Hi, I'm Dr. Adam Oppenheimer, and I'm a plastic surgeon in Melbourne, Florida. This is a question about deformities related to liposuction. Liposuction, at the outside, seems very, very easy and straightforward. You simply put in a tube and suction away fat, but there are several critical things about liposuction that can make it difficult and create post-liposuction deformities that are difficult to treat.

There's really two layers of fat in the body. There's the superficial layer and there's the deeper layer. The deeper layer is the only layer that you're allowed to remove in liposuction. The superficial layer is necessary to have normal texture and normal appearance of the skin. So, whenever I perform liposuction, I only perform liposuction in the deep layer. In the abdomen, especially in thin people, those layers can be really close together, and if you get into the superficial layer, especially if you're using aggressive forms of liposuction like laser or ultrasound liposuction, you can really disrupt the superficial layers of skin and create a situation where you essentially have skin directly on to the muscle fascia. This can be very difficult to treat.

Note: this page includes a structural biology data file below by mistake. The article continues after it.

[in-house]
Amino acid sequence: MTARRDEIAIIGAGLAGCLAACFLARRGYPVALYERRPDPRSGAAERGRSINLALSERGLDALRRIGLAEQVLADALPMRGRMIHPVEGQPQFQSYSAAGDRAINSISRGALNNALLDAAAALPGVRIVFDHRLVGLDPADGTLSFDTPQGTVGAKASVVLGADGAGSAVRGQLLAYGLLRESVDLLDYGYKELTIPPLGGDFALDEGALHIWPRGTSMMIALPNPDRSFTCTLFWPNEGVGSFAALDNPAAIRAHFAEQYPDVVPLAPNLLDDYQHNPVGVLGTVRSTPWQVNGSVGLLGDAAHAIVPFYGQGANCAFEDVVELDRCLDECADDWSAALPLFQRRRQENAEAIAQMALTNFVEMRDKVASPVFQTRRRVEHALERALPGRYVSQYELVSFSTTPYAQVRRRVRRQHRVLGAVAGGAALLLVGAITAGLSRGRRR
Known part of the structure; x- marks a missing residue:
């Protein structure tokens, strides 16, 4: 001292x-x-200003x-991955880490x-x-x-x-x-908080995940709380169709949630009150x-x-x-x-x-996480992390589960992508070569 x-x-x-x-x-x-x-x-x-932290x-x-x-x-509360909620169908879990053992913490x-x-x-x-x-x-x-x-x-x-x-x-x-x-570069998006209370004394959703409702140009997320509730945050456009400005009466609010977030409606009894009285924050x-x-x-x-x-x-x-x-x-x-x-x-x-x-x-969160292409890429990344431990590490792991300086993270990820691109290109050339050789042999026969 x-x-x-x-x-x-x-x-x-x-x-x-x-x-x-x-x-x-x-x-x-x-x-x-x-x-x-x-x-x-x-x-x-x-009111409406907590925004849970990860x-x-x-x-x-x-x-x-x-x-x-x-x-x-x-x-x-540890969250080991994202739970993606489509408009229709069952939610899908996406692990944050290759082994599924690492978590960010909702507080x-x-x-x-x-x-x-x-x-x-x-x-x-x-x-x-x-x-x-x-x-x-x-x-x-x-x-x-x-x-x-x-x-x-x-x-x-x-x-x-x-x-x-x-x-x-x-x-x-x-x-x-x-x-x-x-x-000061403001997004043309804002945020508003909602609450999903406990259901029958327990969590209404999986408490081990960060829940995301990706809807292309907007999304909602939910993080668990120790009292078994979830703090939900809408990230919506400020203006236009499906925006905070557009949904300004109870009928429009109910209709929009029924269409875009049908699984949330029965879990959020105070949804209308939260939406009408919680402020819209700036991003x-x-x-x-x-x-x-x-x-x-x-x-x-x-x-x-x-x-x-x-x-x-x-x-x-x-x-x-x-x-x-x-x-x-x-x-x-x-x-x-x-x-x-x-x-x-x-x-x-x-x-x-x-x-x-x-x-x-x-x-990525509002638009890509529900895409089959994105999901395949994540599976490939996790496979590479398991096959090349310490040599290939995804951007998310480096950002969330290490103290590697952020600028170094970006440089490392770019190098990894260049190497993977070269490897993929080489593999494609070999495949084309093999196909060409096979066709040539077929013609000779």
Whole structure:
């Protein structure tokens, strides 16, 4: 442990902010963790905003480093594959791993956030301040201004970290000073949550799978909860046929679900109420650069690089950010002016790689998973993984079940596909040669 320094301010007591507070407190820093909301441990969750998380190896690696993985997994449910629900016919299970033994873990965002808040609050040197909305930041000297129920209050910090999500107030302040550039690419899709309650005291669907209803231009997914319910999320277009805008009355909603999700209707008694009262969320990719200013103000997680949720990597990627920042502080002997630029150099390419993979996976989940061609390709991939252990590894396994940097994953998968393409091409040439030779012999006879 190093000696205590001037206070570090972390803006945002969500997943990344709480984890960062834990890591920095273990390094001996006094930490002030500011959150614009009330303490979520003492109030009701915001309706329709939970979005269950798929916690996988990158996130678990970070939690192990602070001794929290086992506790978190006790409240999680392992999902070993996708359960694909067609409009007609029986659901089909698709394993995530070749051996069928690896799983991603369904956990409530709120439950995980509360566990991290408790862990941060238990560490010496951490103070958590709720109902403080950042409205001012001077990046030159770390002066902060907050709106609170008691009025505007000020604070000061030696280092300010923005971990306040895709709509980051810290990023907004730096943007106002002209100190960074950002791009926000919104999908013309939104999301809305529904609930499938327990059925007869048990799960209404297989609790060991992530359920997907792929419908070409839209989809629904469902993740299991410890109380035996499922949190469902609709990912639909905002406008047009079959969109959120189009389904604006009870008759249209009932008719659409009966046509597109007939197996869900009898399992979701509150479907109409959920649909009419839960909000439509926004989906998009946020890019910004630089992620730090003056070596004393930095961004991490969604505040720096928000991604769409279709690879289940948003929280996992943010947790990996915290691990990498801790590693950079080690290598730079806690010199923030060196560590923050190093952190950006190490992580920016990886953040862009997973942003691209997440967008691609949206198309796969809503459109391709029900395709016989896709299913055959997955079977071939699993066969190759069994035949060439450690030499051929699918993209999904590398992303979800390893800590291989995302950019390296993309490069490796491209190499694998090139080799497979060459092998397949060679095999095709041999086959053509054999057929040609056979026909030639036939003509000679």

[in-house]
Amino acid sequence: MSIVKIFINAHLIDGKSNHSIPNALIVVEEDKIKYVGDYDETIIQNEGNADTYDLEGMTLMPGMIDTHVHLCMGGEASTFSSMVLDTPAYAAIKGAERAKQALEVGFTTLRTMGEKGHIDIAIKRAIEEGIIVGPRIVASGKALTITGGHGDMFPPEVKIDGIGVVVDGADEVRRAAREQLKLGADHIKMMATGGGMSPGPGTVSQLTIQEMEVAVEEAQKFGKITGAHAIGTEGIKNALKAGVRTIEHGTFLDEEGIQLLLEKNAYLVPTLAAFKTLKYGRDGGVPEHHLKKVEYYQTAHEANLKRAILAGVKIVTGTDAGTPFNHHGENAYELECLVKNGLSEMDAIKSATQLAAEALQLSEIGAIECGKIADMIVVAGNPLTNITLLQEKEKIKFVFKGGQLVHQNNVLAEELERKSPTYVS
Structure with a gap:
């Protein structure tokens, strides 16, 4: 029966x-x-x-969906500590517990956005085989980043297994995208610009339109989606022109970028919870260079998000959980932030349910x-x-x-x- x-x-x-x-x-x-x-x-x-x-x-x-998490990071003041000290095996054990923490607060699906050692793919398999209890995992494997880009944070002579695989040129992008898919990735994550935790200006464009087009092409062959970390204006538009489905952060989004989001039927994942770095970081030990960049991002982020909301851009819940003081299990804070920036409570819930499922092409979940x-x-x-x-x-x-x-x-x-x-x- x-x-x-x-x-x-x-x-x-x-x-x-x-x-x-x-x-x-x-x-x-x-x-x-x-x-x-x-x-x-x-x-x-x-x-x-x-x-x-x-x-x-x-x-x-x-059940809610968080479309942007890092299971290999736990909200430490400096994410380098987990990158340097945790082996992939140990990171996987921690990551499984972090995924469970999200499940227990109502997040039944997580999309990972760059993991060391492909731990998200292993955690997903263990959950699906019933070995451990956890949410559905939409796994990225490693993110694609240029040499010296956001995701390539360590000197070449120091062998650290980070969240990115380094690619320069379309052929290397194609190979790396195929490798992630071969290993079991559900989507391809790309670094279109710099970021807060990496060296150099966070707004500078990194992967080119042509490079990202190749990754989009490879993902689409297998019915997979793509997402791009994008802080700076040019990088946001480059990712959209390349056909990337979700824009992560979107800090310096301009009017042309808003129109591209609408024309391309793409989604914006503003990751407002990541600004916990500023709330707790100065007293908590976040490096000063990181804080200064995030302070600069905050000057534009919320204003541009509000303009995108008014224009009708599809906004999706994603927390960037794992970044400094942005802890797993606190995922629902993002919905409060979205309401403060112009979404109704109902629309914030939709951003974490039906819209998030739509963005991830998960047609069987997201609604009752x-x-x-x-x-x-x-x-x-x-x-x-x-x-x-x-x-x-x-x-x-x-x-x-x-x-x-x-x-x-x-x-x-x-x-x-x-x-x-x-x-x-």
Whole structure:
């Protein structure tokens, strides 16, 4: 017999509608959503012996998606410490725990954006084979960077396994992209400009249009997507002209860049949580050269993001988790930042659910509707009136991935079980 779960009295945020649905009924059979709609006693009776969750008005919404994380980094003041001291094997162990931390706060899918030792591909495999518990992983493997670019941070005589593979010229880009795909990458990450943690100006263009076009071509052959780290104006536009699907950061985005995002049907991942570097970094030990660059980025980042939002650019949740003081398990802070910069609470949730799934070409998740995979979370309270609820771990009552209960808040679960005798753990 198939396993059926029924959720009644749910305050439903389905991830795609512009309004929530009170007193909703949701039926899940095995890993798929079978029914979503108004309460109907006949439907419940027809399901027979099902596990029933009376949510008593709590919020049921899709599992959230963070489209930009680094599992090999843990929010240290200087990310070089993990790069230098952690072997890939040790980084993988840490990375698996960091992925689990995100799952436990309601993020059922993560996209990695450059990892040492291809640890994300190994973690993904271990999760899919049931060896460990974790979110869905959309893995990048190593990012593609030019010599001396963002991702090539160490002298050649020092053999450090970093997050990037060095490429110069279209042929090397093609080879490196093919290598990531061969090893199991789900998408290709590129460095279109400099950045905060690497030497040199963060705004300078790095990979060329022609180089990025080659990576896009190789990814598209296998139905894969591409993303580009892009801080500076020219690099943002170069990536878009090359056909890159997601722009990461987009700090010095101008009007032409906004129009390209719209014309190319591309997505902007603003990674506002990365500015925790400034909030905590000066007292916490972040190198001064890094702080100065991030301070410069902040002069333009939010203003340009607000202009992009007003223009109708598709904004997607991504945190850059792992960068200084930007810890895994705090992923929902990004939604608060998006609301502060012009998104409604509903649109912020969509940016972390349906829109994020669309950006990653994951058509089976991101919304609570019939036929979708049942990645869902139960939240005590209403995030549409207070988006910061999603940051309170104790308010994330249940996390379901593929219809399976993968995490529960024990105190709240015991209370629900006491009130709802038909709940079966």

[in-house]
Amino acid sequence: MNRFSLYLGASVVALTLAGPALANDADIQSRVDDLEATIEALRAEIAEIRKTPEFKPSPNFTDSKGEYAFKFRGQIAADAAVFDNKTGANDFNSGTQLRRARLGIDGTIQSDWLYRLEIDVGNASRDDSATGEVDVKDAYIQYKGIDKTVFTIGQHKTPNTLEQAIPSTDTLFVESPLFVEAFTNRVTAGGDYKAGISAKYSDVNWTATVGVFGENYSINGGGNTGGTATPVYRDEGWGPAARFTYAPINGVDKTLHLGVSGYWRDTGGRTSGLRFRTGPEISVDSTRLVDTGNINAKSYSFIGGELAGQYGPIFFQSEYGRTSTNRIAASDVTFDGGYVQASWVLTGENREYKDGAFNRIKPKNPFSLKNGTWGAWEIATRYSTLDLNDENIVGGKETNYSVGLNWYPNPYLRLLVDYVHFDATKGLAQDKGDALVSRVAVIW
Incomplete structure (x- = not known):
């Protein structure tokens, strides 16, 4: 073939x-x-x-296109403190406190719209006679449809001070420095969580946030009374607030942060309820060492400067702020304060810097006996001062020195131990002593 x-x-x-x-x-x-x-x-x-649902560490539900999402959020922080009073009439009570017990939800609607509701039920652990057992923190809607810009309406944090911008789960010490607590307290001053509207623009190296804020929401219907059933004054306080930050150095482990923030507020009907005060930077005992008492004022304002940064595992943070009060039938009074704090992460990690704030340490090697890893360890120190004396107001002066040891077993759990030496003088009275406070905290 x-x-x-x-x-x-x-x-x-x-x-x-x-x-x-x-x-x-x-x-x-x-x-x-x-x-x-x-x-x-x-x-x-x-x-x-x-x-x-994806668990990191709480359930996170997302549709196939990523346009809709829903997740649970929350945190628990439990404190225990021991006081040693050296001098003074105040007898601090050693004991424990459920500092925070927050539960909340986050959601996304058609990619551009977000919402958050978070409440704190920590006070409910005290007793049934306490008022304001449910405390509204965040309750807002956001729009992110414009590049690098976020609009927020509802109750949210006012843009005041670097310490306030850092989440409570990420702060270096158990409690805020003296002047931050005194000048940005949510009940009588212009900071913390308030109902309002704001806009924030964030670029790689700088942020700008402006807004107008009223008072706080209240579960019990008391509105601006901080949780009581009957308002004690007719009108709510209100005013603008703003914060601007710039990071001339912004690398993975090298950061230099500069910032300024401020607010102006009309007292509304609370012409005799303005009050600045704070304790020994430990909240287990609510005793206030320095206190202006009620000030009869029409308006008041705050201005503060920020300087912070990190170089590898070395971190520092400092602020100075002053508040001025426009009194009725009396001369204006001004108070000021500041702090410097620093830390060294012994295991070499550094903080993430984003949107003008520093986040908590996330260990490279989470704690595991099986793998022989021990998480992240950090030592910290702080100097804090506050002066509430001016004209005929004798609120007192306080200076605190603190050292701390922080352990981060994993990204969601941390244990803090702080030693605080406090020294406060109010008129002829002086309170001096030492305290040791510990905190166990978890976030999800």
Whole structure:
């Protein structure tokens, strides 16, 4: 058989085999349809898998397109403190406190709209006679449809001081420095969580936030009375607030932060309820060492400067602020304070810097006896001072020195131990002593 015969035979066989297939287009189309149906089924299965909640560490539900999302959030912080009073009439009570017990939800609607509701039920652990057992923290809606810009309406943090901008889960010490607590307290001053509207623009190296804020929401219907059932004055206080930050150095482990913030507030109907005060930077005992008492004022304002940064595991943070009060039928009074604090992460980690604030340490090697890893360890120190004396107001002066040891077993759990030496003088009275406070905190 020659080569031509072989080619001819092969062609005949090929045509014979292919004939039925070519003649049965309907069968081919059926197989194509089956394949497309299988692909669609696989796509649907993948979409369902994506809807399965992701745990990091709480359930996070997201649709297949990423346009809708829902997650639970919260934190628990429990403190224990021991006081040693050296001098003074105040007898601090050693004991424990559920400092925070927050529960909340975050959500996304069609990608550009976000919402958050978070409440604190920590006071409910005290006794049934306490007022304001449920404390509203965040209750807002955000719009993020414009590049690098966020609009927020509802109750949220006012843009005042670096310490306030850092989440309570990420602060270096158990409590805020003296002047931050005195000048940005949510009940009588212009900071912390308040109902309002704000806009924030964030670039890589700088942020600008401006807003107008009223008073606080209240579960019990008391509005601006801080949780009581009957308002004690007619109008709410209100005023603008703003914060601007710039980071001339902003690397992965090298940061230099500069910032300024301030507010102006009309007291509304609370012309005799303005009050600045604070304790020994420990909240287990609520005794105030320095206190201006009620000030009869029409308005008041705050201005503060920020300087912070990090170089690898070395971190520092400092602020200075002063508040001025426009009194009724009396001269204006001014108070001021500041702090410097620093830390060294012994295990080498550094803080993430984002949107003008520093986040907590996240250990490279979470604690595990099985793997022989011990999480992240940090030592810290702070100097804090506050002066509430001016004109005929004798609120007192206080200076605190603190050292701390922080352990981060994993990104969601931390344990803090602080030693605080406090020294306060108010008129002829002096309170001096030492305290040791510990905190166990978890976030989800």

There are really three techniques that I use to treat post-liposuction deformities. One of these techniques involves removing fat from other areas of the body and putting it back into the area that was over-treated. This is called fat grafting. Another one of the techniques that can be used is actually to remove skin and to pull the skin tighter. This can mean a tummy tuck if it's in the abdomen. It can mean a thigh lift or an arm lift if the liposuction deformities are in the thigh or the arm respectively. The last thing that I use in certain cases of post-liposuction deformities is actually using the Cellulaze laser to break up the fibers that have formed, to break up the scarring and to melt some of the fat irregularities to try to smooth out certain areas. I've used this with success. I think that it requires a bit of experience with the laser to get it right, but I think if you have no skin to resect or to remove to create a tummy tuck or to perform a tummy tuck to try to fix the problem, I think that the Cellulaze laser may be your best option in order to try to smooth out some of that scarring, to remove fat that is in excess and actually to break up some of the scar bands. I wouldn't perform additional liposuction in this procedure, but by simply using the laser to both tighten the skin and break up the scar bands, I think you could have some success.

Hopefully this helps. Best of luck.

Deformities Following Liposuction? Here Are Your Options

Dr. Adam Oppenheimer discusses the ways in which to correct liposuction deformities, including over-treated areas with indentations and under treated areas with residual fat.